Inadmissibility because of non-compliance with immigration law

non-compliance and inadmissibility

Erik, a Citizen of Sweden, recently travelled to Canada as a visitor. While staying in Canada, he managed to secure a job. However, Erik never applied for a work permit and worked for a Canadian employer without authorization. He eventually left Canada when he realized his actions could result in inadmissibility because of non-compliance with immigration law. Erik wonders if leaving Canada could resolve his non-compliance.

What is non-compliance?

Generally speaking, non-compliance means breaking the Immigration Act (IRPA) and Regulations (IRPR) [Ref: A41]. Nonetheless, immigration authorities mainly consider the following issues as non-compliance [Ref: R228 & R229]:

Other than the last bullet point, the issues only affect foreign nationals. Moreover, an officer may consider a person non-compliant for other reasons. However, they must show the matter is relevant to IRPA or IRPR.

The Standard and Burden of Proof

The Burden of Proof explains who must prove the non-compliance. In most cases, the burden of proof is on the enforcement or migration officer. The Standard of Proof means how strong the evidence must be to consider non-compliance. In these cases, the standard of proof is the “balance of probabilities.” I have explained these concepts in another article.

Where could the non-compliance occur?

Generally, non-compliance with the IRPA or IRPR occurs inside Canada or at a port of entry. Of course, many other reasons for inadmissibility could affect people both inside and outside Canada. However, we do not call them non-compliance as they have specific provisions—criminal or medical inadmissibility.

What are the consequences of non-compliance?

Non-compliance could result in a removal order. I have another article focusing on removal orders, but here is a brief reminder:

  • Departure order: You must leave Canada but will not face a ban for returning to Canada because of this order. A departure order becomes deportation if you do not leave Canada within 30 days from the day of enforcement or do not report your departure to CBSA [Ref: R224].
  • Exclusion order: You must not only leave Canada but face a travel ban to Canada for up to five years. Should you travel back during the travel ban, you must apply for an Authorization to Return to Canada (ARC) [Ref: R225].
  • Deportation order: You will face an indefinite travel ban to Canada unless an officer approves your ARC application [Ref: R226].

The entities that mainly issue removal orders are IRB and CBSA. However, IRCC may rarely issue removal orders as well. The most common form of removal order for non-compliance is an exclusion order.

It is noteworthy that non-compliance could rarely result in jail time and fines. The provisions of IRPA that govern these circumstances are paragraph 124(1)(a) and section 125.

What if a person leaves Canada before facing the consequences of non-compliance?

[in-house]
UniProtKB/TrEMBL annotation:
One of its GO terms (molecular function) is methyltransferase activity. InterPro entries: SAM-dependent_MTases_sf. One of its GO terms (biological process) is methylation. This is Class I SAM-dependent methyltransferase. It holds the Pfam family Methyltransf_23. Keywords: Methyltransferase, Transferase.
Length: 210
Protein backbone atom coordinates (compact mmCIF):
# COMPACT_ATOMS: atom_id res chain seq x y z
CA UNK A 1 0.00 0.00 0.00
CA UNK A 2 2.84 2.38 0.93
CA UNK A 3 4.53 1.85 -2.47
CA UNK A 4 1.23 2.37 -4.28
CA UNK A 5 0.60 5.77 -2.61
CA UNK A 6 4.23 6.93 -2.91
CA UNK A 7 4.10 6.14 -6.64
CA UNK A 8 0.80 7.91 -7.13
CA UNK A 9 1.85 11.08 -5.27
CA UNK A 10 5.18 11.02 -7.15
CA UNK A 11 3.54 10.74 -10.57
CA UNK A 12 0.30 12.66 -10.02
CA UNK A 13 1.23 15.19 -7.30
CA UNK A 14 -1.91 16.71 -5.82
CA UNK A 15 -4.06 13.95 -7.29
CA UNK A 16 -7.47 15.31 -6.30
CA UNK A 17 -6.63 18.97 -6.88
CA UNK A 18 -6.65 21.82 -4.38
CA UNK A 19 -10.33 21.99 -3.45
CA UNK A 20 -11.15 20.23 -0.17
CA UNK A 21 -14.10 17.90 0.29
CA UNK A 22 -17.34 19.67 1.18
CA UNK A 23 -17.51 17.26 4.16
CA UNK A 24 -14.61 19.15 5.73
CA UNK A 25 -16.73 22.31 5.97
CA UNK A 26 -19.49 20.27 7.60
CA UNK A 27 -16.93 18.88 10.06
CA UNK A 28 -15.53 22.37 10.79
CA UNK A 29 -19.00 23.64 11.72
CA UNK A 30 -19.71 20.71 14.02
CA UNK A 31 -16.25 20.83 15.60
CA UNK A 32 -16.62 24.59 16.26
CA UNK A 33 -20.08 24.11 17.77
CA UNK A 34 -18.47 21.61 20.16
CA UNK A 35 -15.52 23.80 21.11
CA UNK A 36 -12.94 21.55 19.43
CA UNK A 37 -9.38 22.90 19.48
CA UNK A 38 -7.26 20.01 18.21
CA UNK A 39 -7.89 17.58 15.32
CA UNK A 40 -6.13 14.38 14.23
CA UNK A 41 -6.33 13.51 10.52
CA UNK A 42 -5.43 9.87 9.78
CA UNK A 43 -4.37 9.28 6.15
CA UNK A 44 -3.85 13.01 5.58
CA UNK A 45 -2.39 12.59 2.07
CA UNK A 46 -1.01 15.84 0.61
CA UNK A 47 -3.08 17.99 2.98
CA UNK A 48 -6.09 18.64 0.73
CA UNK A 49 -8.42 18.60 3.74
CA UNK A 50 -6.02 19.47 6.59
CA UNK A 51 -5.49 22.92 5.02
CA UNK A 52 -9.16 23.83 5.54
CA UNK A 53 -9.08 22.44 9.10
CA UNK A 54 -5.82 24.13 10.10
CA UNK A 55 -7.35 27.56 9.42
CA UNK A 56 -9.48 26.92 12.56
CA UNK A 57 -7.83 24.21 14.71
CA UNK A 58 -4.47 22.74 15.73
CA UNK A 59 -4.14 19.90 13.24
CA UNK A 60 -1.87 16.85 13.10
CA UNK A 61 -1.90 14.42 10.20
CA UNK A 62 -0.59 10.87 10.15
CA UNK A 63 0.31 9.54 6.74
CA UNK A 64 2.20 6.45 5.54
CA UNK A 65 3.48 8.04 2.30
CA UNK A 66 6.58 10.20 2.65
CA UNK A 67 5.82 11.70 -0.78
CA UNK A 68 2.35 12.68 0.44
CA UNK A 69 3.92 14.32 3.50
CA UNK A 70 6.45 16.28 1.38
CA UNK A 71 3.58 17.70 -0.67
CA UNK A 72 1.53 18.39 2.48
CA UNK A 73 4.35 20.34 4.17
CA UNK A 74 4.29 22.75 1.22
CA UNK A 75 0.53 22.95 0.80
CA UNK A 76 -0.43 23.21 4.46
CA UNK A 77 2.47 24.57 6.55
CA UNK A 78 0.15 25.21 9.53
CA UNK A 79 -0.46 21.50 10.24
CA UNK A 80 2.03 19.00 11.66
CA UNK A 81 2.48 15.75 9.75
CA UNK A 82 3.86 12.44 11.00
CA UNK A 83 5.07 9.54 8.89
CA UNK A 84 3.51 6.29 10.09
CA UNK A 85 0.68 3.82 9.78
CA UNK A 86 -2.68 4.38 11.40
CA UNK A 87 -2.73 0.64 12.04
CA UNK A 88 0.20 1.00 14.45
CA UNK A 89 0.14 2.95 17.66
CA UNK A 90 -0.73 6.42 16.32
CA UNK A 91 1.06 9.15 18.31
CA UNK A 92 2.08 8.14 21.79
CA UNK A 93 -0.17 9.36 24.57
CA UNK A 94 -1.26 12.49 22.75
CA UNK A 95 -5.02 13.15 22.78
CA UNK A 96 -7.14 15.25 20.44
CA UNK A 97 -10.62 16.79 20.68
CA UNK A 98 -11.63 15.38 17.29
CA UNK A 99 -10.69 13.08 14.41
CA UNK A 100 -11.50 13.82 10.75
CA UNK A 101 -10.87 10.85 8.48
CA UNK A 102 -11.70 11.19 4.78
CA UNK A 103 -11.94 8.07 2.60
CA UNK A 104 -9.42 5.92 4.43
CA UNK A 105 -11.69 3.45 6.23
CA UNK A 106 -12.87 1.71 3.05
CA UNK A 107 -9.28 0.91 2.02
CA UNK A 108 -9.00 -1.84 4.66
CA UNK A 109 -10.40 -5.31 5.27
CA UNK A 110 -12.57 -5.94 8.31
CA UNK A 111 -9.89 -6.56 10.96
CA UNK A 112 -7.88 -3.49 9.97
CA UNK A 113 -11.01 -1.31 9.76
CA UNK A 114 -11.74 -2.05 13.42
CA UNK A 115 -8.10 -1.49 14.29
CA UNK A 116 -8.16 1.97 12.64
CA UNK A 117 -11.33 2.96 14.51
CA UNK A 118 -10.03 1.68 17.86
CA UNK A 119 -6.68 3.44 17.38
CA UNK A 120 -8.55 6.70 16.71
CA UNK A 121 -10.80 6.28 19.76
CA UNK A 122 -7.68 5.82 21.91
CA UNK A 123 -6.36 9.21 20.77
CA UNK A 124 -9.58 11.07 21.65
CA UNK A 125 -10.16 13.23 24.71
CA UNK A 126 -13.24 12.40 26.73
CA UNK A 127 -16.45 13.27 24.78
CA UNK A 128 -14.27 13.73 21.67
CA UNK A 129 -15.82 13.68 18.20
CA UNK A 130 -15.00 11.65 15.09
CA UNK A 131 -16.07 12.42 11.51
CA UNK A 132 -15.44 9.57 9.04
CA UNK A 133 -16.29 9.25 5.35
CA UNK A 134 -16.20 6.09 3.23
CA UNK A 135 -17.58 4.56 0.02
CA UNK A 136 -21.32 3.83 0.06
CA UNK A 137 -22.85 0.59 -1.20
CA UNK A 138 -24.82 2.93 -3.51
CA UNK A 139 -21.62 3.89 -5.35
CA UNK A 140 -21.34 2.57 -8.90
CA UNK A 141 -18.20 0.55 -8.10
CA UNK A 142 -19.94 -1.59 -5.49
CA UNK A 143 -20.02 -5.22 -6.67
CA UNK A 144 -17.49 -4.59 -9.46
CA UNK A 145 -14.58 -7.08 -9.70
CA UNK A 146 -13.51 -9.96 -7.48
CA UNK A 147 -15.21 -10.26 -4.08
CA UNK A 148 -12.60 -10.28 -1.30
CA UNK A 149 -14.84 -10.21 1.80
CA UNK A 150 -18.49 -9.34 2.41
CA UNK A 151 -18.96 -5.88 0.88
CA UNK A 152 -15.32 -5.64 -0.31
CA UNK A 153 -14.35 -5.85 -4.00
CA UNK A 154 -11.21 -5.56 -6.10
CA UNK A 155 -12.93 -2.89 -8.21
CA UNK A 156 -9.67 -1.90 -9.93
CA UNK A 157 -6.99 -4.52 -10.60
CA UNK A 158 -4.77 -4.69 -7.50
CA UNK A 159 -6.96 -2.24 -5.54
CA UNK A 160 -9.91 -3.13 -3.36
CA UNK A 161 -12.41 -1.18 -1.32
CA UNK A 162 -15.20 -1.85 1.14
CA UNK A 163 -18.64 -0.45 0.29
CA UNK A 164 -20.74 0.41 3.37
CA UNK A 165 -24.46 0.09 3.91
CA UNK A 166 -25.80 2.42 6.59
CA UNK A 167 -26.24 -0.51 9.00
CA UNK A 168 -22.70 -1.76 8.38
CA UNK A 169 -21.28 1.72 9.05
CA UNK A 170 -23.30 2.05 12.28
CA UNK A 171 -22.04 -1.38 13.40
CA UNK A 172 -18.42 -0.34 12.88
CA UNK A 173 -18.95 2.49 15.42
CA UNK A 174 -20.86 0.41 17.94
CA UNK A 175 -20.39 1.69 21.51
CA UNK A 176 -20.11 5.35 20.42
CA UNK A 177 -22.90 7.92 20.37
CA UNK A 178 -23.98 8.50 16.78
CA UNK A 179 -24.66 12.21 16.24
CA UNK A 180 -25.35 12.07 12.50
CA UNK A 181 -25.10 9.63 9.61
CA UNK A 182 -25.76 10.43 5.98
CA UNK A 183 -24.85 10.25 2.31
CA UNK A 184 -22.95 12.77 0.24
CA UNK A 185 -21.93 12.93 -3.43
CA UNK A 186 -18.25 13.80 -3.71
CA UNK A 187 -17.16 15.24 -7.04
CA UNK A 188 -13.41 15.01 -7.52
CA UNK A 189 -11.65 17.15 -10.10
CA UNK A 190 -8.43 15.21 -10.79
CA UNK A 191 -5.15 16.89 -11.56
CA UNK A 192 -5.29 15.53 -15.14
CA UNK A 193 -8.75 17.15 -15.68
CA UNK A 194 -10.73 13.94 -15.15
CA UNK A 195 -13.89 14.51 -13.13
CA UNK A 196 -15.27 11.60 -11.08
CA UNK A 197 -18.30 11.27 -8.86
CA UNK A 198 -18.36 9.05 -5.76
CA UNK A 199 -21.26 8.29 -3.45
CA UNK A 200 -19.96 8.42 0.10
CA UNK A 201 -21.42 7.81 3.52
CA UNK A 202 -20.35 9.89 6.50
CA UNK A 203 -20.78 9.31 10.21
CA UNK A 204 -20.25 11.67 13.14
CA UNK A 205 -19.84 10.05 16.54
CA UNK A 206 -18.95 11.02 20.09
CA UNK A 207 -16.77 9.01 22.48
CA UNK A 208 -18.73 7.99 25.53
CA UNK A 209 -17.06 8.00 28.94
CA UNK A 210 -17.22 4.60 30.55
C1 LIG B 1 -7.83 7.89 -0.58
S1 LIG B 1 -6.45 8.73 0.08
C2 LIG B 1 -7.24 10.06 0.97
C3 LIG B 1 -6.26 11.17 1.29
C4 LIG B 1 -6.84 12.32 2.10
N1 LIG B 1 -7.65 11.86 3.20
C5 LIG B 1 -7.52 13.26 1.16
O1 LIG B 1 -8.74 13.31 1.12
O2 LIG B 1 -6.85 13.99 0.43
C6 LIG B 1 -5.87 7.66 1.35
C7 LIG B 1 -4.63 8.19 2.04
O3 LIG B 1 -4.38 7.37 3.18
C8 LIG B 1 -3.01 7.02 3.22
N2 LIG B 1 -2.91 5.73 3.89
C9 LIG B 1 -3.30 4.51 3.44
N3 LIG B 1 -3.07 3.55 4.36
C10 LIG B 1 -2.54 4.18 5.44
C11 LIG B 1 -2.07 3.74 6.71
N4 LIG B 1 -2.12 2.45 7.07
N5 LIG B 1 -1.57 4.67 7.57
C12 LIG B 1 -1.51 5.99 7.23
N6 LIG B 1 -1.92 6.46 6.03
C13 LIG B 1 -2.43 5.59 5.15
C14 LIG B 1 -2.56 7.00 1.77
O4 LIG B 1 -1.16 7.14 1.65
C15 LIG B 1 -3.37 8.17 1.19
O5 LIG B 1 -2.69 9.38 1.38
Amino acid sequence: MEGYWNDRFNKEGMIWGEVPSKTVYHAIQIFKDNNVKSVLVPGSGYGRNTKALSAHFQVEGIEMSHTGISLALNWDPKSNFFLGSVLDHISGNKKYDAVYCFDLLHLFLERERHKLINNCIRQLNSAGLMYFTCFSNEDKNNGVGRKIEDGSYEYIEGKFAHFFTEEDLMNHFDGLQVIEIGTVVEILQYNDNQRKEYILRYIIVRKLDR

Sometimes a non-compliant person leaves Canada before the authorities pursue them. Since the direct consequence of non-compliance is a removal order, this group usually won’t face any consequences. However, if they try to travel to Canada, receive a work or study permit, or immigrate to Canada, they could face one of the following complexities.

  • Misrepresentation: An officer may conclude they have misrepresented in the past and make them inadmissible to Canada for five years.
  • Refusal of the application: Despite not being inadmissible, the officer may still refuse their application for reasons such as potential non-compliance.
  • Scrutiny of the application: The officer may eventually approve the application, but they may request more documents, invite the applicant to an interview, or delay the processing of the application.

In other words, although leaving Canada could resolve immediate inadmissibility, it doesn’t offer a risk-free solution. Please consult with a professional for official advice, though.

Let us help!

If you face non-compliance, inadmissibility or other issues, please complete the following form. We will likely ask you to book a consultation with me to investigate your matter further and offer potential solutions.

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    Al Parsai

    This article has been expertly crafted by Al Parsai, a distinguished Regulated Canadian Immigration Consultant (L3 RCIC-IRB – Unrestricted Practice) hailing from vibrant Toronto, Canada. Al's academic achievements include an esteemed role as an adjunct professor at prestigious Queen's University Law School and Ashton College, as well as a Master of Laws (LLM) degree from York University. A respected member of CICC and CAPIC organizations, Al's insights are further enriched by his experience as the dynamic CEO of Parsai Immigration Services. Guiding thousands of applicants from over 55 countries through the immigration process since 2011, Al's articles offer a wealth of invaluable knowledge for readers.